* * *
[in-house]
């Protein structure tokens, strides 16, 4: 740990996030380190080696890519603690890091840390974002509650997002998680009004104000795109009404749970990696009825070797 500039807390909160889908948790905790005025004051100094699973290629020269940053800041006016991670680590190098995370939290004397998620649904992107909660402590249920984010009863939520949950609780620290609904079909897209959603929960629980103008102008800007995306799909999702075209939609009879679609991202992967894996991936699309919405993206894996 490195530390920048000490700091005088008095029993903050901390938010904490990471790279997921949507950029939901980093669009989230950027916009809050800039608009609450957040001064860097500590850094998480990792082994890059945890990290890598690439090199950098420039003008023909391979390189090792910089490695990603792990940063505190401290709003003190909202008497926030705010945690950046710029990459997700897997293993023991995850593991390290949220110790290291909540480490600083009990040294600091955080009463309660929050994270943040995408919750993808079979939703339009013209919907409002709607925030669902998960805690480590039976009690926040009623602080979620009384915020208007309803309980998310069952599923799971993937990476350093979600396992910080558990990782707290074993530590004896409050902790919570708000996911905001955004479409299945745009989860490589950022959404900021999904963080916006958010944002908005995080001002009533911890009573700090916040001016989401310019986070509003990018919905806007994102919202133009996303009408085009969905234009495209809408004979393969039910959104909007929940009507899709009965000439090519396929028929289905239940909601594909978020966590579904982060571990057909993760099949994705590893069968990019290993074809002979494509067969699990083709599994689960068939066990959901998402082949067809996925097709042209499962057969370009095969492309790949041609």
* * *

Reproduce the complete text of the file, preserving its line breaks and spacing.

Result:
[in-house]
């Protein structure tokens, strides 16, 4: 740990996030380190080696890519603690890091840390974002509650997002998680009004104000795109009404749970990696009825070797 500039807390909160889908948790905790005025004051100094699973290629020269940053800041006016991670680590190098995370939290004397998620649904992107909660402590249920984010009863939520949950609780620290609904079909897209959603929960629980103008102008800007995306799909999702075209939609009879679609991202992967894996991936699309919405993206894996 490195530390920048000490700091005088008095029993903050901390938010904490990471790279997921949507950029939901980093669009989230950027916009809050800039608009609450957040001064860097500590850094998480990792082994890059945890990290890598690439090199950098420039003008023909391979390189090792910089490695990603792990940063505190401290709003003190909202008497926030705010945690950046710029990459997700897997293993023991995850593991390290949220110790290291909540480490600083009990040294600091955080009463309660929050994270943040995408919750993808079979939703339009013209919907409002709607925030669902998960805690480590039976009690926040009623602080979620009384915020208007309803309980998310069952599923799971993937990476350093979600396992910080558990990782707290074993530590004896409050902790919570708000996911905001955004479409299945745009989860490589950022959404900021999904963080916006958010944002908005995080001002009533911890009573700090916040001016989401310019986070509003990018919905806007994102919202133009996303009408085009969905234009495209809408004979393969039910959104909007929940009507899709009965000439090519396929028929289905239940909601594909978020966590579904982060571990057909993760099949994705590893069968990019290993074809002979494509067969699990083709599994689960068939066990959901998402082949067809996925097709042209499962057969370009095969492309790949041609």